Tag Archives: Hillside Memorial Park

Your first guide to the cemeteries of Los Angeles

Forever L.A: A Field Guide To Los Angeles Area Cemeteries & Their ResidentsForever L.A: A Field Guide To Los Angeles Area Cemeteries & Their Residents by Douglas Keister

My rating: 4 of 5 stars

This is the best guide to the cemeteries of Los Angeles yet. Jammed with Douglas Keister’s beautiful color photographs — all exquisitely printed — the book weighs more than the other guides, which might make it prohibitive to drag around a graveyard with you, if you’re juggling a camera and notebook, too. If you’re just sightseeing, this is the book for you. All the color headstone photos make it easy to know exactly what you’re looking for.

However, the book is short on history of the graveyards. Permanent Californians is better for that, as well as more fully developed biographies of the biggest stars. Forever L.A. also focuses on fewer celebrities; if you want a more comprehensive list, Laid to Rest in California is the book you want.

In addition, Forever L.A. suffers from puzzling organization. You can read the section on Westwood Village Memorial Park, but the text directs you elsewhere in the book to the listing for Don Knotts and somewhere else again to read about Marilyn Monroe. In fact, Marilyn’s biography snuggles up against one for Joe DiMaggio, who isn’t buried in L.A. at all. I guess this just proves my contention that any collection of gravestones is necessarily going to be idiosyncratic and reflect the predilections of the person compiling it.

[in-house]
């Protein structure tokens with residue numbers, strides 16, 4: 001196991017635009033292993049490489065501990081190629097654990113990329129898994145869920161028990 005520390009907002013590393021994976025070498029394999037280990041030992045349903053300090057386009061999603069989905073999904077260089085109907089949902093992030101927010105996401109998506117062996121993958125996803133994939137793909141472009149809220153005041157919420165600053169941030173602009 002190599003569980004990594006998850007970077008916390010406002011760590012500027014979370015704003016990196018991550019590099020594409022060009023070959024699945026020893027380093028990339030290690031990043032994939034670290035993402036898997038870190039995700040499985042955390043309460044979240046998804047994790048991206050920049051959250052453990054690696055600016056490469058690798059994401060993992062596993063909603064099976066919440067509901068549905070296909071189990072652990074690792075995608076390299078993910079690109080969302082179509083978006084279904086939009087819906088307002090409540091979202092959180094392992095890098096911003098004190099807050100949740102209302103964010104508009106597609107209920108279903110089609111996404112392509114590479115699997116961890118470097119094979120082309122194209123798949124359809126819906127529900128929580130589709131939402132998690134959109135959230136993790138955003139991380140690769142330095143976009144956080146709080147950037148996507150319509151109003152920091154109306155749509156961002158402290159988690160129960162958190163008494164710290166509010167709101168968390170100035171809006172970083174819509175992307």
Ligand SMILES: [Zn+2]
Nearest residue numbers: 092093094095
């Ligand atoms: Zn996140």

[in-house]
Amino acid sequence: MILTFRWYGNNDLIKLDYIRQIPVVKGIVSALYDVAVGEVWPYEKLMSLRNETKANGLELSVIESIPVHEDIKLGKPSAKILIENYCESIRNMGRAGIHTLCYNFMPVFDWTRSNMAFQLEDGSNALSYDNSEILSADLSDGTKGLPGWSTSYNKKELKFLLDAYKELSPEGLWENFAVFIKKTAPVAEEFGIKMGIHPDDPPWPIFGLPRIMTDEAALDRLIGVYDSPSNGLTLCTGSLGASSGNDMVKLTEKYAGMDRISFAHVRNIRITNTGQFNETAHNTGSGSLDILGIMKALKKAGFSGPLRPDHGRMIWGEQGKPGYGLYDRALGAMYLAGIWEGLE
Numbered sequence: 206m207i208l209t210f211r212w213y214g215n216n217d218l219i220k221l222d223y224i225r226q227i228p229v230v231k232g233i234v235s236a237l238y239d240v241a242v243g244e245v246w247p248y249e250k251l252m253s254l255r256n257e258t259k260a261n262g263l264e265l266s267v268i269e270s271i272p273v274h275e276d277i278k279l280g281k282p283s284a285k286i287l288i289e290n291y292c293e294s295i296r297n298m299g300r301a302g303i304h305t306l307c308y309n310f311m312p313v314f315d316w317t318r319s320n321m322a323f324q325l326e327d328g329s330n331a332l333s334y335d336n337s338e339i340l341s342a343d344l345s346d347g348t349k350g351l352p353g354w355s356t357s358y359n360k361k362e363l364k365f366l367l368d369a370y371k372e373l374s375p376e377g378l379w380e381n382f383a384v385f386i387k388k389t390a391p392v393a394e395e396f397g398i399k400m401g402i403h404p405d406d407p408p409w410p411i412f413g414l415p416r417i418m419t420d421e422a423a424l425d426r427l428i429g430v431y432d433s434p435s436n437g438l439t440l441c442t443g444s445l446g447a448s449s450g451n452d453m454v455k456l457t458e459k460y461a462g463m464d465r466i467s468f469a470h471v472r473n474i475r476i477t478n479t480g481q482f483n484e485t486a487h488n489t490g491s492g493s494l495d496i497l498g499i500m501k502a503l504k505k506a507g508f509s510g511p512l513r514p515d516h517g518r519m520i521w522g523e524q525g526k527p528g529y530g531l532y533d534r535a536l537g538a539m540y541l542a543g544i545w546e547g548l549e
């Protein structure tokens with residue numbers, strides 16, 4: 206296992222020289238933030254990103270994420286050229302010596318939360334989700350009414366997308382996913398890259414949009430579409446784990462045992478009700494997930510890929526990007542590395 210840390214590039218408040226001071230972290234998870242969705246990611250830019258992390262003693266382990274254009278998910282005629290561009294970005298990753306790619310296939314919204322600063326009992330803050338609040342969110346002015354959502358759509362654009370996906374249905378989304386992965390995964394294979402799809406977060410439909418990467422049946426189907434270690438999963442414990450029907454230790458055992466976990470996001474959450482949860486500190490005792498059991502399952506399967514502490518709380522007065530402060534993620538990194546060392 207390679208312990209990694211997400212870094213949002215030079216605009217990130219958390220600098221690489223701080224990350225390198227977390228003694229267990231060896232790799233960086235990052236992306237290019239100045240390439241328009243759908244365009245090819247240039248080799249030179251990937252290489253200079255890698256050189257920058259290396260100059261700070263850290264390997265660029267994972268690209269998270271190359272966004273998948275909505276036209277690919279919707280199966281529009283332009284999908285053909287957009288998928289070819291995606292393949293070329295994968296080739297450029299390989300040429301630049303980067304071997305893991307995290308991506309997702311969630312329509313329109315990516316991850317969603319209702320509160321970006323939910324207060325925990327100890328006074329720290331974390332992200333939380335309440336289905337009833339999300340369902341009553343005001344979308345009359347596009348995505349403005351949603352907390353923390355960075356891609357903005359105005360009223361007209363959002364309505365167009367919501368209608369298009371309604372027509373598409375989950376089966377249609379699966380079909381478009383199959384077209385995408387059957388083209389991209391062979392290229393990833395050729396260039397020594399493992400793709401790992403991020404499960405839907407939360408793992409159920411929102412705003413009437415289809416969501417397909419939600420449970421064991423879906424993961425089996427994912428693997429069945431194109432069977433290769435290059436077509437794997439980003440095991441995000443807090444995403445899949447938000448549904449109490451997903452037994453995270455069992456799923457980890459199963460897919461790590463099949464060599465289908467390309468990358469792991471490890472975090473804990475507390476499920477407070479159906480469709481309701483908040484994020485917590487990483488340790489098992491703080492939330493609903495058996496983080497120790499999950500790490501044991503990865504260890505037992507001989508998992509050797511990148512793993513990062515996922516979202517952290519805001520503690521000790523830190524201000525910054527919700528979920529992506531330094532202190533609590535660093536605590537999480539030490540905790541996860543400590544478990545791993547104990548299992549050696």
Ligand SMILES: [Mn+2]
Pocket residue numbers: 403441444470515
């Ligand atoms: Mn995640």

I see what Keister was doing when he collected together all the stars of The Wizard of Oz or Bonanza or It’s a Mad, Mad (etc.) World, but I found it frustrating not to have all the cemetery information gathered into the appropriate chapter when I was standing in the graveyard. Is this book meant for armchair travelers or people in the field?

And why is the Haunted Mansion at Disneyland included at all? While the photos are lovely, the section takes up valuable book real estate that could have been used by Angelus Rosedale, where Hattie McDaniel is buried and Buffy the Vampire Slayer was filmed.

Still, if you are traveling to L.A. and want to visit graveyards, I suggest you start with this book. It’s the most recent and has by far the prettiest pictures. You just might want to dip into the other books for more depth after you get home.

Start your collection of L.A. cemetery guides here: Forever L.A.

View all my reviews on Goodreads.

Cemetery of the Week #45: Hillside Memorial Park

Jacob wrestles the angel at Hillside Memorial Park

Hillside Memorial Park and Mortuary
6001 W. Centinela Avenue
Los Angeles, California 90045
Telephone: (310) 641-0707
Established: 1946
Size: 40 acres
Number of interments: over 60,000
Open: Sunday through Friday 8 p.m.-5 p.m. Hillside is closed Saturdays and all Jewish Holy Days.

Al Jolson, star of the original talking picture, has one of the most ostentatious graves in Southern California. After Douglas Fairbanks’ shrine with its white marble columns and reflecting pool at Hollywood Forever, that’s saying something.